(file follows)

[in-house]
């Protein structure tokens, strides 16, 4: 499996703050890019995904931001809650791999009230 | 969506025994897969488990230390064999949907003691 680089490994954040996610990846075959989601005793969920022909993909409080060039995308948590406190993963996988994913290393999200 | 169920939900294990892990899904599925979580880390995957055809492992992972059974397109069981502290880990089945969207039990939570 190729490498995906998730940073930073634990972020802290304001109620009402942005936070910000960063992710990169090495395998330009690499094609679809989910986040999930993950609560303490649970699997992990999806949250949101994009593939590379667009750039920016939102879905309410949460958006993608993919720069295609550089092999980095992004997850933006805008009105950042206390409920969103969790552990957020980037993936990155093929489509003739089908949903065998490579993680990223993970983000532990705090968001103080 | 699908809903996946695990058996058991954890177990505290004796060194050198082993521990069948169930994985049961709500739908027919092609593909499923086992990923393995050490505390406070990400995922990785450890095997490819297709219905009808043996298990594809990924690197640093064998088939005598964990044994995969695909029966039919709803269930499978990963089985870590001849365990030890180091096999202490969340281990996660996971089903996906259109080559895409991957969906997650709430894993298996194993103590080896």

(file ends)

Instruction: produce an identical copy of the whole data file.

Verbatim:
[in-house]
């Protein structure tokens, strides 16, 4: 499996703050890019995904931001809650791999009230 | 969506025994897969488990230390064999949907003691 680089490994954040996610990846075959989601005793969920022909993909409080060039995308948590406190993963996988994913290393999200 | 169920939900294990892990899904599925979580880390995957055809492992992972059974397109069981502290880990089945969207039990939570 190729490498995906998730940073930073634990972020802290304001109620009402942005936070910000960063992710990169090495395998330009690499094609679809989910986040999930993950609560303490649970699997992990999806949250949101994009593939590379667009750039920016939102879905309410949460958006993608993919720069295609550089092999980095992004997850933006805008009105950042206390409920969103969790552990957020980037993936990155093929489509003739089908949903065998490579993680990223993970983000532990705090968001103080 | 699908809903996946695990058996058991954890177990505290004796060194050198082993521990069948169930994985049961709500739908027919092609593909499923086992990923393995050490505390406070990400995922990785450890095997490819297709219905009808043996298990594809990924690197640093064998088939005598964990044994995969695909029966039919709803269930499978990963089985870590001849365990030890180091096999202490969340281990996660996971089903996906259109080559895409991957969906997650709430894993298996194993103590080896």